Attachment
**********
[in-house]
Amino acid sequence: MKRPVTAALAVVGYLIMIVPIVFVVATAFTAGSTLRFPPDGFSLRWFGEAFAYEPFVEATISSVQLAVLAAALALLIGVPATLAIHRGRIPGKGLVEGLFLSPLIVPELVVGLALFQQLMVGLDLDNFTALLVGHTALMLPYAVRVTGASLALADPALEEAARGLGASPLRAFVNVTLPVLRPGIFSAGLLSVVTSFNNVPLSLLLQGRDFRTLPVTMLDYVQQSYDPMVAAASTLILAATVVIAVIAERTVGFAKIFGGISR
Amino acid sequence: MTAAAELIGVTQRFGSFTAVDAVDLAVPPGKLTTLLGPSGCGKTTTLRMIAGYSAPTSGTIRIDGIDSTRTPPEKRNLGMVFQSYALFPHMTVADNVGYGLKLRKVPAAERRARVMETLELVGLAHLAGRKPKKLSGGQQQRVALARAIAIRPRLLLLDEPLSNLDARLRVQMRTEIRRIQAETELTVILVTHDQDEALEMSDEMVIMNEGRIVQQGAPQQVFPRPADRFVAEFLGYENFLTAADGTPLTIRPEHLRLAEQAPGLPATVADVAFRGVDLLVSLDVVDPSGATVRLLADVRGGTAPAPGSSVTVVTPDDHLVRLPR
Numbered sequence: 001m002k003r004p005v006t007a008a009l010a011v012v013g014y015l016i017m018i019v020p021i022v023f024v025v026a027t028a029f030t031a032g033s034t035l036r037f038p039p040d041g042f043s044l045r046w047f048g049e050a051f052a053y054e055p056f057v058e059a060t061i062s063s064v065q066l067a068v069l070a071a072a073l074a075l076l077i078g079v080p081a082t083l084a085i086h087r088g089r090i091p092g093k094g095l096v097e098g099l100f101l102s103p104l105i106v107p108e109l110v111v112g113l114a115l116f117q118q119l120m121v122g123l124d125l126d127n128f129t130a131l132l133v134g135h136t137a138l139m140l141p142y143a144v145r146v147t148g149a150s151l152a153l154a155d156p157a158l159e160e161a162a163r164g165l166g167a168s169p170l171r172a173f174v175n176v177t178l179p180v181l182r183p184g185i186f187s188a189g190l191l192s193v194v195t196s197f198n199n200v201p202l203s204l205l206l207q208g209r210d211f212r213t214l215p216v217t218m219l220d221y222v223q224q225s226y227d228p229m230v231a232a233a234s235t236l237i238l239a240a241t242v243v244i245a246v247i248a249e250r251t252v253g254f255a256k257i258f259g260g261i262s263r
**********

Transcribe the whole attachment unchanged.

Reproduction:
[in-house]
Amino acid sequence: MKRPVTAALAVVGYLIMIVPIVFVVATAFTAGSTLRFPPDGFSLRWFGEAFAYEPFVEATISSVQLAVLAAALALLIGVPATLAIHRGRIPGKGLVEGLFLSPLIVPELVVGLALFQQLMVGLDLDNFTALLVGHTALMLPYAVRVTGASLALADPALEEAARGLGASPLRAFVNVTLPVLRPGIFSAGLLSVVTSFNNVPLSLLLQGRDFRTLPVTMLDYVQQSYDPMVAAASTLILAATVVIAVIAERTVGFAKIFGGISR
Amino acid sequence: MTAAAELIGVTQRFGSFTAVDAVDLAVPPGKLTTLLGPSGCGKTTTLRMIAGYSAPTSGTIRIDGIDSTRTPPEKRNLGMVFQSYALFPHMTVADNVGYGLKLRKVPAAERRARVMETLELVGLAHLAGRKPKKLSGGQQQRVALARAIAIRPRLLLLDEPLSNLDARLRVQMRTEIRRIQAETELTVILVTHDQDEALEMSDEMVIMNEGRIVQQGAPQQVFPRPADRFVAEFLGYENFLTAADGTPLTIRPEHLRLAEQAPGLPATVADVAFRGVDLLVSLDVVDPSGATVRLLADVRGGTAPAPGSSVTVVTPDDHLVRLPR
Numbered sequence: 001m002k003r004p005v006t007a008a009l010a011v012v013g014y015l016i017m018i019v020p021i022v023f024v025v026a027t028a029f030t031a032g033s034t035l036r037f038p039p040d041g042f043s044l045r046w047f048g049e050a051f052a053y054e055p056f057v058e059a060t061i062s063s064v065q066l067a068v069l070a071a072a073l074a075l076l077i078g079v080p081a082t083l084a085i086h087r088g089r090i091p092g093k094g095l096v097e098g099l100f101l102s103p104l105i106v107p108e109l110v111v112g113l114a115l116f117q118q119l120m121v122g123l124d125l126d127n128f129t130a131l132l133v134g135h136t137a138l139m140l141p142y143a144v145r146v147t148g149a150s151l152a153l154a155d156p157a158l159e160e161a162a163r164g165l166g167a168s169p170l171r172a173f174v175n176v177t178l179p180v181l182r183p184g185i186f187s188a189g190l191l192s193v194v195t196s197f198n199n200v201p202l203s204l205l206l207q208g209r210d211f212r213t214l215p216v217t218m219l220d221y222v223q224q225s226y227d228p229m230v231a232a233a234s235t236l237i238l239a240a241t242v243v244i245a246v247i248a249e250r251t252v253g254f255a256k257i258f259g260g261i262s263r